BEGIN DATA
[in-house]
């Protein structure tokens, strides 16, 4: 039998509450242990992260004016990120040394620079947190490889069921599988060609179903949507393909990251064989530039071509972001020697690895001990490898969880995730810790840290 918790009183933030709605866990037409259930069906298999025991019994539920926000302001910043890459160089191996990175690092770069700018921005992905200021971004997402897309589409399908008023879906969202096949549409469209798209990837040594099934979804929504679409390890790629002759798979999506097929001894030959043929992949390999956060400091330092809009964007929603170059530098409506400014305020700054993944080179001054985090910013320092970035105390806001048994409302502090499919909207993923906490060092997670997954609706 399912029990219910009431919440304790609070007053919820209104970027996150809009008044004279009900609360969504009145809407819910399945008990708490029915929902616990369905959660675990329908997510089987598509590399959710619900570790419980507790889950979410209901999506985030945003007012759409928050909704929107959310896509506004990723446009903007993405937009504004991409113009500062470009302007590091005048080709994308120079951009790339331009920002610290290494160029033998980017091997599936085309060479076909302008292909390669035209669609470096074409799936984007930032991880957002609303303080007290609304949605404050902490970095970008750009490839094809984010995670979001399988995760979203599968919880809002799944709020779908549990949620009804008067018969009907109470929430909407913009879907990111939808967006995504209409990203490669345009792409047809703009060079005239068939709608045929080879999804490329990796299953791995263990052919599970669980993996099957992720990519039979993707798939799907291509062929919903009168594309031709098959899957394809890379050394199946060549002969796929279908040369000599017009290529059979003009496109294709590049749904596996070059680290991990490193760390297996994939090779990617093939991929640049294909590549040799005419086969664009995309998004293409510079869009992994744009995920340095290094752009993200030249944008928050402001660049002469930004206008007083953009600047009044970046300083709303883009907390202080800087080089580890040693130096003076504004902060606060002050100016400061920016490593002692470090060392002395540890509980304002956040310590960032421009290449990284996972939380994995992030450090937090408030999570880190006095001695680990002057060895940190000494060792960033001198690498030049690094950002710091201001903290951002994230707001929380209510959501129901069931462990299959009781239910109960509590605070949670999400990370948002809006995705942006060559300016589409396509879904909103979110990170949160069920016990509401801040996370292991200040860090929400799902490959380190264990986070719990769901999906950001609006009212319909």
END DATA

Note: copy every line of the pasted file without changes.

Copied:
[in-house]
């Protein structure tokens, strides 16, 4: 039998509450242990992260004016990120040394620079947190490889069921599988060609179903949507393909990251064989530039071509972001020697690895001990490898969880995730810790840290 918790009183933030709605866990037409259930069906298999025991019994539920926000302001910043890459160089191996990175690092770069700018921005992905200021971004997402897309589409399908008023879906969202096949549409469209798209990837040594099934979804929504679409390890790629002759798979999506097929001894030959043929992949390999956060400091330092809009964007929603170059530098409506400014305020700054993944080179001054985090910013320092970035105390806001048994409302502090499919909207993923906490060092997670997954609706 399912029990219910009431919440304790609070007053919820209104970027996150809009008044004279009900609360969504009145809407819910399945008990708490029915929902616990369905959660675990329908997510089987598509590399959710619900570790419980507790889950979410209901999506985030945003007012759409928050909704929107959310896509506004990723446009903007993405937009504004991409113009500062470009302007590091005048080709994308120079951009790339331009920002610290290494160029033998980017091997599936085309060479076909302008292909390669035209669609470096074409799936984007930032991880957002609303303080007290609304949605404050902490970095970008750009490839094809984010995670979001399988995760979203599968919880809002799944709020779908549990949620009804008067018969009907109470929430909407913009879907990111939808967006995504209409990203490669345009792409047809703009060079005239068939709608045929080879999804490329990796299953791995263990052919599970669980993996099957992720990519039979993707798939799907291509062929919903009168594309031709098959899957394809890379050394199946060549002969796929279908040369000599017009290529059979003009496109294709590049749904596996070059680290991990490193760390297996994939090779990617093939991929640049294909590549040799005419086969664009995309998004293409510079869009992994744009995920340095290094752009993200030249944008928050402001660049002469930004206008007083953009600047009044970046300083709303883009907390202080800087080089580890040693130096003076504004902060606060002050100016400061920016490593002692470090060392002395540890509980304002956040310590960032421009290449990284996972939380994995992030450090937090408030999570880190006095001695680990002057060895940190000494060792960033001198690498030049690094950002710091201001903290951002994230707001929380209510959501129901069931462990299959009781239910109960509590605070949670999400990370948002809006995705942006060559300016589409396509879904909103979110990170949160069920016990509401801040996370292991200040860090929400799902490959380190264990986070719990769901999906950001609006009212319909």